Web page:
Total 380 healthy individuals between the ages of 20-60 years irrespective of gender were interviewed in detail regarding their medical, surgical and personal history to validate/confirm their suitability for inclusion in this study. Two hundred thirty individuals were excluded on the basis of conditions which influence the body iron stores such as pregnancy, alcoholism, hemoglobinopathies, diabetes mellitus, bleeding disorders, any acute illness during last one month, as well as iron deficiency as seen on complete blood picture (CP). Finally, 150 subjects were included in the present study. The subjects were divided into three groups with 50 individuals in each. Group A: normal weight (18.0-22.9 kg/m2), Group B: overweight (23.0-24.9 kg/m2), Group C: obese (>25.0 kg/m2) according to South Asian criteria of BMI.20,21
The weight and height of all the subjects were measured in kilograms and meters respectively, using a weight scale with a built-in Stadiometer (ZT - 120 Health Scale, Nanjing EverichChina). Subjects were asked to stand in an erect posture wearing light clothing. Hip and waist circumference was measured by standard techniques.22 BMI was calculated using the following formula: (weight in kg / height in m2).23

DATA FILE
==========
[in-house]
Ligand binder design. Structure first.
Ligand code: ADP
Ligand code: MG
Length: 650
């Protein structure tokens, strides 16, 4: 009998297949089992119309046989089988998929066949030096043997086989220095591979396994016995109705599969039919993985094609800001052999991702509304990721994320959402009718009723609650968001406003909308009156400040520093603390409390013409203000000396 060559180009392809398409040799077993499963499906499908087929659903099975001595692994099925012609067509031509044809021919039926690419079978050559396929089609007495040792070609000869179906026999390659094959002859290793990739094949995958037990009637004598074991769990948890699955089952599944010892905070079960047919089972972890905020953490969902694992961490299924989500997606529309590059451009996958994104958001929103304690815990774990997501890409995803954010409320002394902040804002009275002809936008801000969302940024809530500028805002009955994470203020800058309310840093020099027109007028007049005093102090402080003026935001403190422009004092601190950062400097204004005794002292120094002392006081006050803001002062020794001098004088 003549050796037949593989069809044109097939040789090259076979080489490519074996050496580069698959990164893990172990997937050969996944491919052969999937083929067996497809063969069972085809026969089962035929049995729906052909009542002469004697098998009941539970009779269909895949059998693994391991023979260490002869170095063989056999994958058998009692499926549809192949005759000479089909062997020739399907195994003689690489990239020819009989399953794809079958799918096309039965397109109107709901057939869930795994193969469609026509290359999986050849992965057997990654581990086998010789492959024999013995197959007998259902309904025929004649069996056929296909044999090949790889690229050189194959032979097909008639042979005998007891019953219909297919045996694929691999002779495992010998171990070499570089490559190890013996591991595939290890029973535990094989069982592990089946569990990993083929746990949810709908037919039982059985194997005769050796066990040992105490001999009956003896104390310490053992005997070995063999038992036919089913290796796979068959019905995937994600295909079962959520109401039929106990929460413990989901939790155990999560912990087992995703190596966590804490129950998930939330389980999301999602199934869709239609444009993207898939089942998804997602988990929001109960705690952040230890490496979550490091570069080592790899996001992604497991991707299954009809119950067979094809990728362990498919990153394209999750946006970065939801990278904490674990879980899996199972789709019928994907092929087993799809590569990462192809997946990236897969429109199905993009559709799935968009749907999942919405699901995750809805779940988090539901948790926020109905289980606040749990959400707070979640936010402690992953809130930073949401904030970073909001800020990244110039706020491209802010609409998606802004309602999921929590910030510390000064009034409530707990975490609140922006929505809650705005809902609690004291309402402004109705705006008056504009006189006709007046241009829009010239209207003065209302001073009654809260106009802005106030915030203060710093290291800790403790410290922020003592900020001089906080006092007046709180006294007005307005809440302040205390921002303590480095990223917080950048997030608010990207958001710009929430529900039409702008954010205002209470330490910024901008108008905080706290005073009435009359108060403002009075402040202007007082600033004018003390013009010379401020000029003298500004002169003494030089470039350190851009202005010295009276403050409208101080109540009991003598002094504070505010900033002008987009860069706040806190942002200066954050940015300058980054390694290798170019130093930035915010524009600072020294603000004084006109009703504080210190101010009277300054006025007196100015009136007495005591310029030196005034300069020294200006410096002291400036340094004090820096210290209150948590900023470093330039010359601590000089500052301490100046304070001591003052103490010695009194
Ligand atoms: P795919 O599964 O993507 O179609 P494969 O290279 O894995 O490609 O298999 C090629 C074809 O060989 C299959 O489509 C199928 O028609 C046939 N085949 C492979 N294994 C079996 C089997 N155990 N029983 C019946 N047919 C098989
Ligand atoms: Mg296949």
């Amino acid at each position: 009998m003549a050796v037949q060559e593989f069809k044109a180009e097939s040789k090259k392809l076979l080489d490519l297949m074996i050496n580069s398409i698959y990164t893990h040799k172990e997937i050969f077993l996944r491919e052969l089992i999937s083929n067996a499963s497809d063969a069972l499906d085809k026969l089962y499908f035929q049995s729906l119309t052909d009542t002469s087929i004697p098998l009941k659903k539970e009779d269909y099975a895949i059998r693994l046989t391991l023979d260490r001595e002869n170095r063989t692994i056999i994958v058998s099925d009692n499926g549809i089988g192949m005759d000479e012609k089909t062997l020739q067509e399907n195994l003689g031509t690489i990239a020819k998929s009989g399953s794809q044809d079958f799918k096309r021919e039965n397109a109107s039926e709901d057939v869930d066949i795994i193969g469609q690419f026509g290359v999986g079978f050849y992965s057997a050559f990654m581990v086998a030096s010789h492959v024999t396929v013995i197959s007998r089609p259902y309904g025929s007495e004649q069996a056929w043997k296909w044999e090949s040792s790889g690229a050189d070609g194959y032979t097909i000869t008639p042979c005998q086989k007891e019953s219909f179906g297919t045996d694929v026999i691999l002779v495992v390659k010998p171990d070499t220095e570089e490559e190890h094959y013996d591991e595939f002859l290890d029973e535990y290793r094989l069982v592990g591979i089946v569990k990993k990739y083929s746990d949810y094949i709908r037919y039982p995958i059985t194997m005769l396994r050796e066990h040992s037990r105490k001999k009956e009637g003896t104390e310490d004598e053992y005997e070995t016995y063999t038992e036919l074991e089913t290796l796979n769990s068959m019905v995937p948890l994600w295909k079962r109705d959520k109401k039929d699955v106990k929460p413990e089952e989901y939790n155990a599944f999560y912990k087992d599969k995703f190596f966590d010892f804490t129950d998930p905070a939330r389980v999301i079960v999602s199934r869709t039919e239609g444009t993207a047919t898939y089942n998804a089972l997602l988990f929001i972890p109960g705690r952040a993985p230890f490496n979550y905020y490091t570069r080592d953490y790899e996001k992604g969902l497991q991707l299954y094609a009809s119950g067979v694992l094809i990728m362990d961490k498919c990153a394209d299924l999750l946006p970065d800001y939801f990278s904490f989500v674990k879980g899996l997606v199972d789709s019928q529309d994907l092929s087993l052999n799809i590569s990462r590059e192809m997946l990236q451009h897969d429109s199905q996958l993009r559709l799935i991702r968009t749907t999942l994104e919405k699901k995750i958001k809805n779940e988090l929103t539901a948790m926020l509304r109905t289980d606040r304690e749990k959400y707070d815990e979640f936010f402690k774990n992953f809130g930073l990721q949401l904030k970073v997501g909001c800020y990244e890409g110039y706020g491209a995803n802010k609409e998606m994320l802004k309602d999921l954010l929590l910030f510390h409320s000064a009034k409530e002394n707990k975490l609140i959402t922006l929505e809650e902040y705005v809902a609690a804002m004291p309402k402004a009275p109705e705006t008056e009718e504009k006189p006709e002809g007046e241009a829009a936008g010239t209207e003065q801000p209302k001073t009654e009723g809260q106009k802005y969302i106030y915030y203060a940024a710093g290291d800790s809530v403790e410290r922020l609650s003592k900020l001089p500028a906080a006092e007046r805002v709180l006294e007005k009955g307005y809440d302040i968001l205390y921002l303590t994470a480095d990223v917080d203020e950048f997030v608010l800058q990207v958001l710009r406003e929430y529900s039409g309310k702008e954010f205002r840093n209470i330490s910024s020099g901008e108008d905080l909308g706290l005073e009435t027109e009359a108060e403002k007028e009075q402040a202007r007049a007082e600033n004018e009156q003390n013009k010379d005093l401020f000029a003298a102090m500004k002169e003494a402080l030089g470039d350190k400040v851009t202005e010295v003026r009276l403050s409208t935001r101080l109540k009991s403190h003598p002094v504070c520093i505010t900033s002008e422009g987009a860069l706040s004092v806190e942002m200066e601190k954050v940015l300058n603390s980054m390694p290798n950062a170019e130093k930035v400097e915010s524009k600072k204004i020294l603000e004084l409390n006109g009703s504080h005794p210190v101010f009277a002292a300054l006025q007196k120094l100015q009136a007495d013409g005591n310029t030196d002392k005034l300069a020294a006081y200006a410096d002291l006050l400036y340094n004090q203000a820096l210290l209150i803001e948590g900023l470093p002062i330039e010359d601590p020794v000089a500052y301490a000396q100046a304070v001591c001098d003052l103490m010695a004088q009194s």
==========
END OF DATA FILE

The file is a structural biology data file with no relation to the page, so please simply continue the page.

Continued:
About 6ml of blood was collected using all aseptic measures into EDTA vaccutainer (2 ml) and serum separator SSTs (4 ml). SST's were centrifuged after complete clotting at 2000xG for 10 minutes. Clear serum was separated and stored in eppendorf at -80C until assayed. Hemoglobin (gm/dl) was measured on Sysmex (21 Cat No. KX21 manufactured by Kobe, Japan). Serum iron (mg/dl) and TIBC (mg/dl) were analyzed by enzymatic colorimetric method (kit Cat. No.61075 and kit Ref 61631 supplied by Bio Merieux S.A., France). Serum Ferritin (g/dl) and CRP (mg/dl) were determined by Enzyme Linked Immuno-Sorbent Assay kit method (Cat No. BC1025 provided by BioCheck and Cat No. KAPDB 4360, manufactured by DIA Source, Immuno Assay S.A., Belgium), while transferrin saturation was calculated as 100x serum iron /TIBC.24
Statistical Analysis: Data was analyzed using SPSSversion 19 (version 19; SPSS Inc., Chicago, IL, USA). Mean SD were calculated for quantitative variables. ANNOVA with Tukey's minimum significant difference was used as a post hoc test, assuming homogeneity of variances. Spearman Rho correlation was applied to measure the relationship of obesity (as depicted by BMI) with ferritin, TIBC, iron and CRP and significance was considered at the level of pless than 0.05.
The mean biophysical parameters of all three groups are shown in (Table-I). Mean weight was found significantly different between Group C when compared to Group A (pless than 0.001). The meanwaist and hip circumference among the three groups were also significantly different (p-value less than 0.001),whereas no significant difference was observed in the waist to hip ratios among all three groups (p = 0.387). BMI in all three groups was significantly different (pless than 0.001).